Contact Delta right away. You may have to pay a change fee, but see what they can do for you. And best of luck.

  27. trey says:

    My wife and I booked a trip back in june. Due to circumstance we had to shorten our trip. When I talked with contenintal they told me I would be charged an extra $185. That sounded OK considering what kinda fees they told my wife we would face when she contacted expidia which was $320 total. Sure enough tonight I see a charge that is twice that amount. What can I do after I repeated to the representive several times are you sure that’s all?

  28. trey says:

    Also, an extra $50 re-issue fee applied. What has been re-issued I print my tickets out 24 hours in advance on my computer!

  29. Mitch says:

    AA robbing the public for making ticket changes for non full fare tickets……. What do we the traveler have to do, just writing about is is not working…. And in my case they did sell all the seats… The last instance for me.Bought a $400 ticket and had the change and finally cancel… The change drove up the cost to $600 … The now canceled ticket is only worth $100….. There are no other business who would treat the public like this…… We need to mass stop using AA and go with other lines that teat the public with respect and provide a true proper service…. Open a class action and we all sign up………

  30. cam says:

    all us airlines kinda suck, excluding jetblue

  31. Donald says:

    I’m on the phone with Orbitz trying to change an Aer Lingus flight. Aer Lingus says the penalty fee of $320 is Orbitz’ policy, and Orbitz says it’s Aer Lingus’. I have called them three times and gotten a different answer each time. I am now on hold for the supervsor’s supervisor, and each time the promised wait time of 2-3 minutes on hold has exceeded 10 minutes. This, the third phone call in this series, is now 55 minutes long. Yesterday’s was 30. I think they hope we will give up and accept whatever they tell us. What do we have to do be heard as customers? No other business would remain open with so many dissatisfied customers. It’s an astonishing racket and needs to be investigated.

  32. Rick Seaney says:


    Working with what little you said about your trip in your comment, I went to the Aer Lingus website section on “change fees” here: http://www.aerlingus.com/cgi-bin/obel01im1Support/helpFeesFares.jsp?BV_SessionID=@@@@1249397609.1267109101@@@@&BV_EngineID=ccciadejkedhjlicefecfigdffgdfkj.0&P_OID=-536880753&Category=2#checkin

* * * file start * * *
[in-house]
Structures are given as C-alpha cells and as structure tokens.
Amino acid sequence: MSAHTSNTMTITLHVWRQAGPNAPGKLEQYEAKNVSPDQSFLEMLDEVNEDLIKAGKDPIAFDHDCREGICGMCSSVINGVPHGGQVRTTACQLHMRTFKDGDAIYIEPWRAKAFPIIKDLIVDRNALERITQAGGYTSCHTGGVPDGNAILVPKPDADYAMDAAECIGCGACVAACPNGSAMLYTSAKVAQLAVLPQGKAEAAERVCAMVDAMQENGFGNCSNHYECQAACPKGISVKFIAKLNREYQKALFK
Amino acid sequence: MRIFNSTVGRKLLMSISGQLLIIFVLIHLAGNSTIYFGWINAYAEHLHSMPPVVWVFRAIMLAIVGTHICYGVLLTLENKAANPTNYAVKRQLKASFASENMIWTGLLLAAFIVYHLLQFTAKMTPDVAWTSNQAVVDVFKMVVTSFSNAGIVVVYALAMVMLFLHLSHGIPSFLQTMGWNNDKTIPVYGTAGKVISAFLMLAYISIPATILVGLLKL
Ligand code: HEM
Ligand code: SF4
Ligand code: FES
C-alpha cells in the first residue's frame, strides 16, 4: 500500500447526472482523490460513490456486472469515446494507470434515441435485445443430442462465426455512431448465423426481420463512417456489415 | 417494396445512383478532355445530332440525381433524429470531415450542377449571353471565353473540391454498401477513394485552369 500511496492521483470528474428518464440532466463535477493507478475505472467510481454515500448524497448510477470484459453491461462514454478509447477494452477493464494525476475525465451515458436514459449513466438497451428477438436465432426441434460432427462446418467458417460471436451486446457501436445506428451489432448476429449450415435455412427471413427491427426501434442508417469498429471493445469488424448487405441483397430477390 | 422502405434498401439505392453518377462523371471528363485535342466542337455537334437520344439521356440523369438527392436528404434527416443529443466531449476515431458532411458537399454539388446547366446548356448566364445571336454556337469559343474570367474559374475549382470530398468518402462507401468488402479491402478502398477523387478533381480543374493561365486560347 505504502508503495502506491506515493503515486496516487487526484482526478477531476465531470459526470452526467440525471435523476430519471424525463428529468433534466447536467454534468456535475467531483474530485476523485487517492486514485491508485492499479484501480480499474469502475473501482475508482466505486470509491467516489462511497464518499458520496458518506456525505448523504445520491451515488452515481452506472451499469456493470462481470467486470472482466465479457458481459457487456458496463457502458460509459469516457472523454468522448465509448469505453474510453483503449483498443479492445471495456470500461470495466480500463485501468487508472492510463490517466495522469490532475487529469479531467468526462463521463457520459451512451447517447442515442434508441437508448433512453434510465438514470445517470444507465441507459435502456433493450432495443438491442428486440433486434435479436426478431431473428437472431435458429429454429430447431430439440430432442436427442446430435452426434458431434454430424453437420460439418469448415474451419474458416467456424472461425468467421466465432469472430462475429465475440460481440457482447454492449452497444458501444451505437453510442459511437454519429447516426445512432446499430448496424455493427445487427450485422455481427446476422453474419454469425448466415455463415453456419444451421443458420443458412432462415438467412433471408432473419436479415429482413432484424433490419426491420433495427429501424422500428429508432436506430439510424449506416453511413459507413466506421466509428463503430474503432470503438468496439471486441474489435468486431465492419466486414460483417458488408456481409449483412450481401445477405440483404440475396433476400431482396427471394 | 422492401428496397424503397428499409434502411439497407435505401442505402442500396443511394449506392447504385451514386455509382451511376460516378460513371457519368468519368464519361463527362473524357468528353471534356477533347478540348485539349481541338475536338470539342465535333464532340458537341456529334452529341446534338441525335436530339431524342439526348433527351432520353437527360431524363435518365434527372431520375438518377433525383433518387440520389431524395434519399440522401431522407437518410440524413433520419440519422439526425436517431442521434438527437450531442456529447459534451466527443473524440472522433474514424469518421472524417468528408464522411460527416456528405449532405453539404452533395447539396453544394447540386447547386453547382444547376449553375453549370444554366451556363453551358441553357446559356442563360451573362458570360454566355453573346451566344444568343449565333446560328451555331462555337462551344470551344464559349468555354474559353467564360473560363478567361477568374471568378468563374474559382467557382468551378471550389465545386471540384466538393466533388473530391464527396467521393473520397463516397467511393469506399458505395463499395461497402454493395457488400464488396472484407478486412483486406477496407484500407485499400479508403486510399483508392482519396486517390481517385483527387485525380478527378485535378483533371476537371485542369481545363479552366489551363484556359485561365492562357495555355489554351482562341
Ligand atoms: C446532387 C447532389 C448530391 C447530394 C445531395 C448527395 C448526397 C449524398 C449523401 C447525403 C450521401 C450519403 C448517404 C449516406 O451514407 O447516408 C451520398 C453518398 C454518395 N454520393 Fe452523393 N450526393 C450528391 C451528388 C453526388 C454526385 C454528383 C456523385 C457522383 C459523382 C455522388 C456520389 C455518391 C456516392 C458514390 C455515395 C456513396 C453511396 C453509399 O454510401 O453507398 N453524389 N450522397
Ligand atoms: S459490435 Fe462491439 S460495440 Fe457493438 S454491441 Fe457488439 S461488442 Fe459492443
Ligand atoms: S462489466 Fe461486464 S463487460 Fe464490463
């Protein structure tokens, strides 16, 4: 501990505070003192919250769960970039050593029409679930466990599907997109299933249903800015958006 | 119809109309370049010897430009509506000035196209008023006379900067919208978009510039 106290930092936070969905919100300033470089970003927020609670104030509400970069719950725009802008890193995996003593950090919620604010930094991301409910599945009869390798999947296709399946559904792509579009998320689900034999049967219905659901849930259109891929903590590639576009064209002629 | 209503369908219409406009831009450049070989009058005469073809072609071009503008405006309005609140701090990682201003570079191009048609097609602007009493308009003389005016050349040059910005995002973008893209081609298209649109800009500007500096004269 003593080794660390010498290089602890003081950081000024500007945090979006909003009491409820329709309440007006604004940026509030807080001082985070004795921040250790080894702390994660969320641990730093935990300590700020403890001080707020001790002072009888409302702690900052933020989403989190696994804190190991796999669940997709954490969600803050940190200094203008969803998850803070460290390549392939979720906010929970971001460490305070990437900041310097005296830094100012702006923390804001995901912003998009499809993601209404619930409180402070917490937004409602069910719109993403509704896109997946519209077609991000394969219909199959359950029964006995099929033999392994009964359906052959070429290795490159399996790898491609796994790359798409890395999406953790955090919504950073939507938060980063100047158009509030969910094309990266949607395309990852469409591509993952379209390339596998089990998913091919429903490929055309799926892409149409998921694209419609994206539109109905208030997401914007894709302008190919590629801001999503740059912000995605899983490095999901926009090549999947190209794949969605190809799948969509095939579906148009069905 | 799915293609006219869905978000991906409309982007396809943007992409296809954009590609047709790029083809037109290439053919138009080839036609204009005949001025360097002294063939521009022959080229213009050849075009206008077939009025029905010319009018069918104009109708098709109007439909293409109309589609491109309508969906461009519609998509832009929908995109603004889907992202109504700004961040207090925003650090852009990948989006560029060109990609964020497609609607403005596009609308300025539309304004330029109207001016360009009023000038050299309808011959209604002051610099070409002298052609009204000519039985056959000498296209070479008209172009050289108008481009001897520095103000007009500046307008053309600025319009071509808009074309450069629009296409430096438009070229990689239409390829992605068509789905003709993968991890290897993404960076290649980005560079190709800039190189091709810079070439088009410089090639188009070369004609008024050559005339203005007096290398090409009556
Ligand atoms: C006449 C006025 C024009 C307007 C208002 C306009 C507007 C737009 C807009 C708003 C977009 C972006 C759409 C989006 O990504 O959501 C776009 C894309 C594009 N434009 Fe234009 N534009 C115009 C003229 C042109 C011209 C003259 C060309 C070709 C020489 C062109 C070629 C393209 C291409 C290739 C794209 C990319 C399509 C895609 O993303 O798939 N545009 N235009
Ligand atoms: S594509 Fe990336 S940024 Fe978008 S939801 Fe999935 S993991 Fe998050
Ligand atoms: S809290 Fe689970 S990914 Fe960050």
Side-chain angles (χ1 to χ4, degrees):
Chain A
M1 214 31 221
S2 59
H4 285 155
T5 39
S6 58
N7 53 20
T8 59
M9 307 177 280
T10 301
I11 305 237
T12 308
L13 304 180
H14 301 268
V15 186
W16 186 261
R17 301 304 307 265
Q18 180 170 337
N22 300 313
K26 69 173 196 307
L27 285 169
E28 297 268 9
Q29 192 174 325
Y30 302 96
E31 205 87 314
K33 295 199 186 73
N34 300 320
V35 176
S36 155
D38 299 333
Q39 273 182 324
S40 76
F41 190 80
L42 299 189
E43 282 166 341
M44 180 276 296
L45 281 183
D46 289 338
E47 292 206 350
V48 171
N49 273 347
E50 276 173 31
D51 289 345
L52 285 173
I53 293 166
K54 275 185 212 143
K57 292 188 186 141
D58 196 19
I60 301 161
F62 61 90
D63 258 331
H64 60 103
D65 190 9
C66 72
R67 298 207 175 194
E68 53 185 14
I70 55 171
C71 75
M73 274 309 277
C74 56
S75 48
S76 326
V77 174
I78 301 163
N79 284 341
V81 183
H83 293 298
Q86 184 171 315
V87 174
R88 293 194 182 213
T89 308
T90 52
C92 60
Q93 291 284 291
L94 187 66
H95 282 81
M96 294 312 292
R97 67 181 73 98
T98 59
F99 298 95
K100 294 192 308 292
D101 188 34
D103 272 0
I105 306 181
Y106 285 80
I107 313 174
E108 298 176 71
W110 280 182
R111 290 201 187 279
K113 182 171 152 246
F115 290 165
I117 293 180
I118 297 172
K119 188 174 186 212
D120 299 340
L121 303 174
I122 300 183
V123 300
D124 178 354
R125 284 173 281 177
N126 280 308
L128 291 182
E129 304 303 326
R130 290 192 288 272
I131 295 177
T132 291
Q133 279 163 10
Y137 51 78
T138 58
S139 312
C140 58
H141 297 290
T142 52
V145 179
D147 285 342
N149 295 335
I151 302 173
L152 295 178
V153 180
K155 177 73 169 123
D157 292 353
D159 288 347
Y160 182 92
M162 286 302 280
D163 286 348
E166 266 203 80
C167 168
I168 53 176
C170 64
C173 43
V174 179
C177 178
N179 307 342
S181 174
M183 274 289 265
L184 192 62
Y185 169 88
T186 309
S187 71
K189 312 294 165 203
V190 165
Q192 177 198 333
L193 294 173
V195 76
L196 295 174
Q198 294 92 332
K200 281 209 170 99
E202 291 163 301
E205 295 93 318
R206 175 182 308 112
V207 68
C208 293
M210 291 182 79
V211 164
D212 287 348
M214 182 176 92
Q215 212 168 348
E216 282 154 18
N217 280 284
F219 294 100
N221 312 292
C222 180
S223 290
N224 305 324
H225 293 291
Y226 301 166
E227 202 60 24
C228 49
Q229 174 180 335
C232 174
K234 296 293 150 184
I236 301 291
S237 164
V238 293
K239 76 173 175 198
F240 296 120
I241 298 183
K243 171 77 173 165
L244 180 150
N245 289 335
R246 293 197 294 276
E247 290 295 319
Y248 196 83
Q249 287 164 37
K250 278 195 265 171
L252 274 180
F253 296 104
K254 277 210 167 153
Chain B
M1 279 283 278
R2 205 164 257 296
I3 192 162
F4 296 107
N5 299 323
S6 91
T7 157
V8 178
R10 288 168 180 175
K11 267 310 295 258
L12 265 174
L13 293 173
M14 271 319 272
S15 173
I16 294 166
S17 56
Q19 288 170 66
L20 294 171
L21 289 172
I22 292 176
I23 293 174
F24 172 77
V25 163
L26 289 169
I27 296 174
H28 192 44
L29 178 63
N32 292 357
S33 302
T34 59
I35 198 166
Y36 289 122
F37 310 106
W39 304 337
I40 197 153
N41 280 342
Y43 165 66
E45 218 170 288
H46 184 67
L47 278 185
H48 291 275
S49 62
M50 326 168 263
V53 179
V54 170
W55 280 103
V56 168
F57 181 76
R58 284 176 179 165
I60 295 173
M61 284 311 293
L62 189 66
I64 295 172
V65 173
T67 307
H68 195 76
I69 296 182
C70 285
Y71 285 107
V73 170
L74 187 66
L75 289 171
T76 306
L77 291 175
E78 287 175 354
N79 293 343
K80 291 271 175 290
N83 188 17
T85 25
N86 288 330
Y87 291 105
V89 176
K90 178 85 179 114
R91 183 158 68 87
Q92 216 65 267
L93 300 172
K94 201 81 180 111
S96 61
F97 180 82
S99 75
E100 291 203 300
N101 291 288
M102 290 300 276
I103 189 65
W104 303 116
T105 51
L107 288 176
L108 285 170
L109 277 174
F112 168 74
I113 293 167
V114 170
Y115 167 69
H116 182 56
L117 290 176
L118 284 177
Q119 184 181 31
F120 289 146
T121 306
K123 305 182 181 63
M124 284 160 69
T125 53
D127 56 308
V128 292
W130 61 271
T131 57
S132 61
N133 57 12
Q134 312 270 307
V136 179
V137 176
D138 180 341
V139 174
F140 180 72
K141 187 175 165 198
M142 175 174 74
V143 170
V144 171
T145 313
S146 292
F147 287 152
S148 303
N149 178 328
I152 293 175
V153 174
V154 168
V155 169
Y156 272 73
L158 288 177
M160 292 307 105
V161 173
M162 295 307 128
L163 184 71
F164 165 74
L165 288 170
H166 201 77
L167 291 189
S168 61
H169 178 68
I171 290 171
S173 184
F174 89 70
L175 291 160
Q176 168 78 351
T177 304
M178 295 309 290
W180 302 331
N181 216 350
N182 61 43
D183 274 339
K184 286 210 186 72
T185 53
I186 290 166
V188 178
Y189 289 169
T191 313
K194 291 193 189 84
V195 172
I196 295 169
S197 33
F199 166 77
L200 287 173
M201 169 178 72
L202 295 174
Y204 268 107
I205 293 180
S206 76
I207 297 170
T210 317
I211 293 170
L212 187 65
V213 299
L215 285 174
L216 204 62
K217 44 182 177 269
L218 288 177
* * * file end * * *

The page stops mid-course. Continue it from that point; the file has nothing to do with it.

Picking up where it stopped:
From what I can tell, you are charged $100 each-way for changing a “long-haul” ticket, so already that’s $200 per person for a roundtrip ticket change on a ticket from the U.S. to Ireland (I’m guessing that’s your itinierary) – PLUS they add in the price differential (the difference between your “old” ticket and the presumably more expensive “new” ticket you’re getting – and again, I’m guessing that that’s what you’re trying to do).

    Your total could well be $320 (though I cannot say for sure not knowing the details). This is why I always tell everyone, please read the fine print on your ticket before you press the “charge” button; the cheapest tickets are cheap for a variety of reasons, and one of those reasons is – they are non-refundable. If you change them, you’ll pay.

    Sorry for your troubles – hope this helps a bit.

  33. Britt says:

    Booked one way tickets from Tul to koa on united…we lost our home, have had to sell everything…going to live with my mom…found our in pregnant today…need to push back the tickets a week. What can I do? United says that they will refund me for the $300 change fee (2 tickets) after I pay now…but I can email refund dept and ask them..I asked if that was a valid reason for a waived fee, agent said yes definately with a note. Basically I am hesitant to change and pay, then never get a refund. Do refunds happen like this? Thanks!